Attack On Titan: Japan’s New Battlestar Galactica?
Possibly one of the oldest and cheapest tropes to raise the stakes in storytelling is “the world in danger motif.” The world being in danger is a broad premise and it often makes for dramatically low stakes situations. One of the ways around this trope is to actually go ahead and destroy the world. “Gotcha” and “Oh sh!t” moments come early and hook audiences. That is exactly what happens with Production IG’s and Wit Studio’s anime adaptation of shingeki no kyojin or Attack on Titan.
Attack on Titan is a show about the last remnants of humanity, who fled to a city protected by three concentric walls, struggling to survive as they fend off giant humanoid creatures called “Titans.” One hundred years prior to the start of the series, Titans mysteriously began to appear around the world and started eating humans. Yes, eating them – as in devouring them whole – relentlessly. No one knows where they came from or why the titans eat humans. They show no outward intelligence nor appear to eat humans for any other reason than to kill them. One day the outermost wall is breached by two new mysterious Titans, forcing people to flee deeper insides walls were they would face discrimination, famine and depression among other things.
Not only is the show beautifully animated, it is well written thanks to its strong source material. Attack on Titan’s three central protagonists are multi-layered and the supporting cast of fellow recruits is also well developed. Besides the constant fear and threat of a Titan attack, where death is a frequent occurrence, these new recruits face a new enemy from within; insurgents and double agents who can appear as human and are working to sabotage humanity’s efforts to survive. Perhaps the most dangerous threat would be humanity itself with various political, military and religious organizations following their own interest. Not surprisingly, there are similarities with another world ending show – the 2004 reboot of Battlestar Galactica.
Within the first 30 minutes of Battlestar Galactica, audiences experience the devastating Cylon attack on the 12 colonies of Man. A space faring society of billions is almost completely wiped out in minutes. What’s left is a rag tag group of a few civilian ships projected by a single Battlestar – the aging Galactica. With numbers well under one hundred thousand, the group searches for the legendary (and possibly nonexistent) 13th colony of Earth, hoping to find sanctuary from the Cylons.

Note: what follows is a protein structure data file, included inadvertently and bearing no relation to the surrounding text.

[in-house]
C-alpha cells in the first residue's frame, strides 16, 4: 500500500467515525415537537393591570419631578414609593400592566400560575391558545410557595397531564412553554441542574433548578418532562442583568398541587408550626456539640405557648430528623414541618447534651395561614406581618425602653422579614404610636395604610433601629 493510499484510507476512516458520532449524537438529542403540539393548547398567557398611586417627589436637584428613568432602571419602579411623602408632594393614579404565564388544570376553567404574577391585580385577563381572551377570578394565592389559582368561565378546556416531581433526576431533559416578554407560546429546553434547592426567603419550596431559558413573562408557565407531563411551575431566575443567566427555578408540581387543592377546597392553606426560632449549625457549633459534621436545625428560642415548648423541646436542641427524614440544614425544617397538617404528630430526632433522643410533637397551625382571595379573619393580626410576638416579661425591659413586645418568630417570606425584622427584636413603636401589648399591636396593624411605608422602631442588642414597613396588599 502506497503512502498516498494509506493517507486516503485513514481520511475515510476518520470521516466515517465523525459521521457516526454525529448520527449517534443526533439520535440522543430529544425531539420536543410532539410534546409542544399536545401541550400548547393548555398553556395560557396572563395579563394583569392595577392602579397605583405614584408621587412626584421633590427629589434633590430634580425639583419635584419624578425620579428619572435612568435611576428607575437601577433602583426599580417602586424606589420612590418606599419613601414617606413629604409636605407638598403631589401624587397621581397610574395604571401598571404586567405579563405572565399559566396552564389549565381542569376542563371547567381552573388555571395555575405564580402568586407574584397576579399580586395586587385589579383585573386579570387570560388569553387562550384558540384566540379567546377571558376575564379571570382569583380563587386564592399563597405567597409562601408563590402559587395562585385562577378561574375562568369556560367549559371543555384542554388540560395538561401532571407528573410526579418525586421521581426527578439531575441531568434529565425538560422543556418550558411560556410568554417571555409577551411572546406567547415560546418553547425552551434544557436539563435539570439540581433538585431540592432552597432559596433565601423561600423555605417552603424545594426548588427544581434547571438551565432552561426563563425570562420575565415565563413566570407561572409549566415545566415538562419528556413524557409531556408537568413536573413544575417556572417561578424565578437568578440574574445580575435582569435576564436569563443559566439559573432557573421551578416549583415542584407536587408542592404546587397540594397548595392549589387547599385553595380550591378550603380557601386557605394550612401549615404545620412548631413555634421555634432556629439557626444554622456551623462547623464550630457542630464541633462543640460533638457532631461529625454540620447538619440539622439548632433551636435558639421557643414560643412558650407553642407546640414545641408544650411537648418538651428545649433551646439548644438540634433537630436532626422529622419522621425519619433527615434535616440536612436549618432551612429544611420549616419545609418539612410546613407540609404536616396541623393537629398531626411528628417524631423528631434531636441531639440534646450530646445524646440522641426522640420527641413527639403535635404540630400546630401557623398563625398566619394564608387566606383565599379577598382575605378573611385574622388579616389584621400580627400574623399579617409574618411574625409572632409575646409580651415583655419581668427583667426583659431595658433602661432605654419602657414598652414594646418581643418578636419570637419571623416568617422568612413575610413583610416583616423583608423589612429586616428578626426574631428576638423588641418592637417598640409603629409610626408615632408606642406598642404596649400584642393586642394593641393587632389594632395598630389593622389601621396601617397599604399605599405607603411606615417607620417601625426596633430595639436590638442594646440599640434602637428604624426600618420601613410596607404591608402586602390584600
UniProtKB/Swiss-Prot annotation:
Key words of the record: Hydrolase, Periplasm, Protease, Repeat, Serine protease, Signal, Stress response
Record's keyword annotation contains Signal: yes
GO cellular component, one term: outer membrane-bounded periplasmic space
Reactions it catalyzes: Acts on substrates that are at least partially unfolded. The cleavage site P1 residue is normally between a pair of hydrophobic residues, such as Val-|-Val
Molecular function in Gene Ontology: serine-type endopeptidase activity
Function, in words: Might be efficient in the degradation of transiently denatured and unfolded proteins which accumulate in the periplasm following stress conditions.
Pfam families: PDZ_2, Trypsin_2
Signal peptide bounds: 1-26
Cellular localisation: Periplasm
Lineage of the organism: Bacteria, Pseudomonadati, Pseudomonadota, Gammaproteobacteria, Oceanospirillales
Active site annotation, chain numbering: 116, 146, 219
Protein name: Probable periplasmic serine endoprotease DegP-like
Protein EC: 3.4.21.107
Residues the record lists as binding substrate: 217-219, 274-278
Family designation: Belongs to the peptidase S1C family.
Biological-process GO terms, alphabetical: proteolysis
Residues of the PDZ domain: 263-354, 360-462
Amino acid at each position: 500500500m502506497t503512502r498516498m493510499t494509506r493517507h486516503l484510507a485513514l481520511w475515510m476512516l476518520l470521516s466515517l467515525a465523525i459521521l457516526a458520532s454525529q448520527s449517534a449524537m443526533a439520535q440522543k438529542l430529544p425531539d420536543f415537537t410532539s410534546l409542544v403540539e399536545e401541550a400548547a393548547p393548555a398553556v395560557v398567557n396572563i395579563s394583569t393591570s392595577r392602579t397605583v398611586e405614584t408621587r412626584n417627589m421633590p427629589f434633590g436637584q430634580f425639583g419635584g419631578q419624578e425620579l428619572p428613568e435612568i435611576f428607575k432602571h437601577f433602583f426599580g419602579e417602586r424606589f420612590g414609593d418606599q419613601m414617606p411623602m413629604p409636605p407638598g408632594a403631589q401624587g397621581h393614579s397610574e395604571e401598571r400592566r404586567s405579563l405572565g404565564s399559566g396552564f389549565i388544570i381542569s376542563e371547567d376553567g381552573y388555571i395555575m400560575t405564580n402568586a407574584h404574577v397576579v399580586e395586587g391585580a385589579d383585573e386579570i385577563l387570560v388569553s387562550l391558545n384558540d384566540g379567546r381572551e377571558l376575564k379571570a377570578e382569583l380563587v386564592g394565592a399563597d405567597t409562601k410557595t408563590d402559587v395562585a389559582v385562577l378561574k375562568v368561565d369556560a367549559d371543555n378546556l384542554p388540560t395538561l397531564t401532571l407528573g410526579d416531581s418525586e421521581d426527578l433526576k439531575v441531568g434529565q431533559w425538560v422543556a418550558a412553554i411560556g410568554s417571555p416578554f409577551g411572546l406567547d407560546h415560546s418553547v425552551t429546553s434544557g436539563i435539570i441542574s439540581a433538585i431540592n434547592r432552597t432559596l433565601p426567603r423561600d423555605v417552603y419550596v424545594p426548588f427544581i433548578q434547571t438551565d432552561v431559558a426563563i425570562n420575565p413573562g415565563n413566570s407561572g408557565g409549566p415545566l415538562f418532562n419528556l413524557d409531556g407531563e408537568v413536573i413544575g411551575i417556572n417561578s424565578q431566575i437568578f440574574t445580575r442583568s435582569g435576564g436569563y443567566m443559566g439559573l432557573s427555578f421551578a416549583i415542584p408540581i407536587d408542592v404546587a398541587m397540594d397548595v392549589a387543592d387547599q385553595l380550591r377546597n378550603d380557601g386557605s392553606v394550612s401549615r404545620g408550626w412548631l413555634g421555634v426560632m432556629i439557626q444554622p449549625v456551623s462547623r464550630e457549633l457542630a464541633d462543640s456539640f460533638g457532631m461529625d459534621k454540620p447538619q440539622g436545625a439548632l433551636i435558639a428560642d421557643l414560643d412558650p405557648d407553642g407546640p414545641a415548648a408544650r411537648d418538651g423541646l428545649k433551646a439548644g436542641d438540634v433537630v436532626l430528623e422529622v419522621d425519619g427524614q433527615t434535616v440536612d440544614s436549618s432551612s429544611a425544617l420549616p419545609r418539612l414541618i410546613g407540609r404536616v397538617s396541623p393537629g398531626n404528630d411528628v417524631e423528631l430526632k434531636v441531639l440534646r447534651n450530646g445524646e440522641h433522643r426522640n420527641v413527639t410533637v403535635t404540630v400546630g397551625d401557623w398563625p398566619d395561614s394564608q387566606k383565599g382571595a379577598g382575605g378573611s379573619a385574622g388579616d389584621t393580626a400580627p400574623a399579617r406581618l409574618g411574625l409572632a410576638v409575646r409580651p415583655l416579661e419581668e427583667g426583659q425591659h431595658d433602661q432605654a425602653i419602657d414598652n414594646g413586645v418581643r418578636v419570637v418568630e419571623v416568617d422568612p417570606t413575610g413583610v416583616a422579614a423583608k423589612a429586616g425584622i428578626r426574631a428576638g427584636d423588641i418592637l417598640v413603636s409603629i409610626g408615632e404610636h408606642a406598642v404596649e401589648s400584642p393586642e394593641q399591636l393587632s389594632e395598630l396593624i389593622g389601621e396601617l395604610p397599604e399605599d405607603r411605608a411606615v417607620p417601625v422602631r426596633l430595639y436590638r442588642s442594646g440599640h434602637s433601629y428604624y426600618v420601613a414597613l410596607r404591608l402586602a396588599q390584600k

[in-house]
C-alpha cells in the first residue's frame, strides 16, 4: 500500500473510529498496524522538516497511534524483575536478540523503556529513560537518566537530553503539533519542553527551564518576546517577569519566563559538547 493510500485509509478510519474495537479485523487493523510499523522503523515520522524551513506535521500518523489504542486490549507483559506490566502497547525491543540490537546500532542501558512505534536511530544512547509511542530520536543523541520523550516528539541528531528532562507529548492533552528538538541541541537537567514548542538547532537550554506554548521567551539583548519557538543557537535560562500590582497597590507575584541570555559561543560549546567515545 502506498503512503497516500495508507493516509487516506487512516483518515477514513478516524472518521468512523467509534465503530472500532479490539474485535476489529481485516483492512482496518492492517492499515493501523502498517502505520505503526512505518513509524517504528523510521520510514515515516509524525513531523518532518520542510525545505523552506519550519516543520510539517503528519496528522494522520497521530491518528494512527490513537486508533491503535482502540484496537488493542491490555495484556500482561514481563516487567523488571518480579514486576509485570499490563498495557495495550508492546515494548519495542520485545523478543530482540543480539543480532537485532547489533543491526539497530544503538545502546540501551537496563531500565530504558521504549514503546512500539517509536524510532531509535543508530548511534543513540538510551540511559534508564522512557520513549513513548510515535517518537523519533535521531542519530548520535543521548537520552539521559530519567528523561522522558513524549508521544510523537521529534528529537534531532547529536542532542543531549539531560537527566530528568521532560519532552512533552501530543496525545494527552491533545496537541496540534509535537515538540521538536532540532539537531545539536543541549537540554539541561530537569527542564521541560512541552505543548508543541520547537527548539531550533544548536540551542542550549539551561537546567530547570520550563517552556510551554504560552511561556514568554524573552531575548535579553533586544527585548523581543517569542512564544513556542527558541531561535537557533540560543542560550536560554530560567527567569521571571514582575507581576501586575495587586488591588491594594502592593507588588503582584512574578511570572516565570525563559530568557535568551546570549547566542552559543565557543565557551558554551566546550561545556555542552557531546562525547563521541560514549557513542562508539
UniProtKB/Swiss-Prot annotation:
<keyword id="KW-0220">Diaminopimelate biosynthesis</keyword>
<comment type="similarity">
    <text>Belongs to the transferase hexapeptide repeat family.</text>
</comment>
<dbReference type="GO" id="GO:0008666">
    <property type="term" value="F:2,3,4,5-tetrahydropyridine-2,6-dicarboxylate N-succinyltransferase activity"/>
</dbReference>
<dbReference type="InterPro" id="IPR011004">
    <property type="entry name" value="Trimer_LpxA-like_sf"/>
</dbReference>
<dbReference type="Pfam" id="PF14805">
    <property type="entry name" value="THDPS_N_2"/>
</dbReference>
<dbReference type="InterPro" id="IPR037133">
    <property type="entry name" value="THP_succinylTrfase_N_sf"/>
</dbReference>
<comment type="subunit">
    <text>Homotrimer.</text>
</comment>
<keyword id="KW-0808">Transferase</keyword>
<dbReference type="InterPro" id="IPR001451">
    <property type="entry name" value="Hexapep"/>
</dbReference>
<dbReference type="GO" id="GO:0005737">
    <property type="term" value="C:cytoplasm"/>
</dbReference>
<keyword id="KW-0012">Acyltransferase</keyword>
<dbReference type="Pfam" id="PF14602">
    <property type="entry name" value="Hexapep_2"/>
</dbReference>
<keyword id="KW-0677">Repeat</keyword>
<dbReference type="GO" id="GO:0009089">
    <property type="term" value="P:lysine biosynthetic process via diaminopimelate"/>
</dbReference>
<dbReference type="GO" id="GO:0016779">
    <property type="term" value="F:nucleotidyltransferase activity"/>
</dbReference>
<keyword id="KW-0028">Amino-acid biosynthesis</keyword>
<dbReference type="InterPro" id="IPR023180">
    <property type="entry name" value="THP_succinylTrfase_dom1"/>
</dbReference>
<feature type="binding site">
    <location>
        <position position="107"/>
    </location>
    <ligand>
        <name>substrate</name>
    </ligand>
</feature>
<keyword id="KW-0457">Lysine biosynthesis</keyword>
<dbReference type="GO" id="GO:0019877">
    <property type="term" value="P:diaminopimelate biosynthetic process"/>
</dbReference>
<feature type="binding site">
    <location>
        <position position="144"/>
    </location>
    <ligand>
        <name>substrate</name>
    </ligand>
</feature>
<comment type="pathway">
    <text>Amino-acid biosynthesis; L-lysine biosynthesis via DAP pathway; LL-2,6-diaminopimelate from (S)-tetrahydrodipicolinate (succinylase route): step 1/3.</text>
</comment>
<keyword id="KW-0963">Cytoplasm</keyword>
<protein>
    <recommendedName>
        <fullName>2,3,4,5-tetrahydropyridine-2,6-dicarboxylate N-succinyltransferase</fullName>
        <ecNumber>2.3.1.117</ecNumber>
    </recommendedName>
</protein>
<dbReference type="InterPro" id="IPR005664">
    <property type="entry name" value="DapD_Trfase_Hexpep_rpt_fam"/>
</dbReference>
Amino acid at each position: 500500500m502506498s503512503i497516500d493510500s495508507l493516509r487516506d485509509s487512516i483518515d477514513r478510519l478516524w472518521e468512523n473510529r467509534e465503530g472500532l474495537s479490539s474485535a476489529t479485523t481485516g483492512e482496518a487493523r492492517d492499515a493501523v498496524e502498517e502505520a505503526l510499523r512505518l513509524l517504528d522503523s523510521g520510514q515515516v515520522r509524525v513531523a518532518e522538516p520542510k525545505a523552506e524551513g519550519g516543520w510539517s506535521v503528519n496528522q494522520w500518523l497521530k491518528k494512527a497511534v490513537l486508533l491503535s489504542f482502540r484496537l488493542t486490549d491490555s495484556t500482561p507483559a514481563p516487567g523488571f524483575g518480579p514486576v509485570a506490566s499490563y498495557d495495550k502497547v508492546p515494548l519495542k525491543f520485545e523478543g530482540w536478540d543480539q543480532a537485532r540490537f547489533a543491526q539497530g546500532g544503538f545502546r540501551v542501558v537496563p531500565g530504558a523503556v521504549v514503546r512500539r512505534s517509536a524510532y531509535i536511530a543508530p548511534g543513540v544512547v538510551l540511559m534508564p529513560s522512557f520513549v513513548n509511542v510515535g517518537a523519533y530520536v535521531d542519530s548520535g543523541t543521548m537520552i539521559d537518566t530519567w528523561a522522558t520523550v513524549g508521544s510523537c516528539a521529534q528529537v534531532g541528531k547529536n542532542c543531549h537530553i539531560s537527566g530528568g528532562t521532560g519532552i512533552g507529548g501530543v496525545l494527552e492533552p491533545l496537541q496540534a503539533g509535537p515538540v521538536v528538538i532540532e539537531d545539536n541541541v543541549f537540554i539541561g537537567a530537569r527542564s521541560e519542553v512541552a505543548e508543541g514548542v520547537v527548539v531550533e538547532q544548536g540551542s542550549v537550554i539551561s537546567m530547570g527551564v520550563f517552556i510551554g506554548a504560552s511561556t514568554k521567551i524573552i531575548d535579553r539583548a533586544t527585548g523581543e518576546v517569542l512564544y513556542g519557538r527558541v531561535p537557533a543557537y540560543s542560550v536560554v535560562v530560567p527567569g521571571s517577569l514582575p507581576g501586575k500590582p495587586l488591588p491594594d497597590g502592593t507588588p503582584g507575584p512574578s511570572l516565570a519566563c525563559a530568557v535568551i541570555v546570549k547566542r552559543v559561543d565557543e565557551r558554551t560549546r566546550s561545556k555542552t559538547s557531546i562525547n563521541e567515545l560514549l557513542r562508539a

The search for Earth is made more difficult with the discovery of new Cylons models that are nearly impossible to distinguish from humans. With limited resources and a shrinking population, every day is a battle for the fleet of survivors. Often there are conflicts from within from different ethnic and religious groups, political scheming which undermines society, and unresolved personal conflicts now impossible to escape. More than anything, BSG persistently challenged both its characters and audience.
On the surface, both shows could not appear more different. However, it is in the structure of their premises, character relations and the nature of the primary antagonist where parallels can be drawn. The stories of both shows by the sudden appearance of an enemy whose attack wipes out the majority of the human race. While the attack in BSG happens more swiftly than in AoT, both are filled with intrigue and horror that instantly draw audiences in. Why are the Cylon returning? Why attack now? What are Titans? Where did they come from and why are they eating people? These opening acts set the tone and establish the dire stakes for these universes.
The existence of double agents fundamentally changes the political and military operations of both shows and dramatically shakes up social orders, as characters no longer know who they can trust. There’s also the issue of how does one find these double agents? Revealing this information to the public could result in mass hysteria and possibly false accusations — paranoia.
One of the more defining aspects of BSG during its run was how much religion played a major role in its story. Often, BSG would examine faith and the role prophecy and how either could aide or hamper independent action. The religious aspects are more developed and take a large role in BSG. However, AoT’s “Church of the Wall” shares many of these elements also. The Church of the Wall is a religious organization that believes that the walls are divine entities that protect humanity from the titans. The CotW has much political clout in AoT and can even sway some military action. Still, these two shows offer a fascinating look at how religion and fate take on new roles and change amidst great destruction and tragedy.
Perhaps the most interesting dynamic of BSG and AoT is family. Both challenge the traditional definition of the family unit. Each shows made it clear the concept of family is not a simply a biological one. Starbuck and Mikasa, the best fighters in their respect band of survivors, who also happen to be women, share close relations with their male counterpart (Apollo/Eren) stemming from them being adopted/accepted into their family. It’s impossible to find a character or extra that has not suffered the loss of multiple family members; however, new relationships are constantly being formed. These are loving relationships where people will fight for each other and do anything to protect their new families.
Outside of the Sci-Fi/Fantasy battles, political intrigue and religious deconstruction, noble sacrifices and bad decisions, Battlestar Galactica and Attack on Titan are about the human condition and the resilience of spirit to push on and rebuild after great tragedy. Because of that, both shows make for some pretty damn fine television to watch. They show that world being in danger is not the only way to entice audiences–fresh ideas and interesting characters work just as well.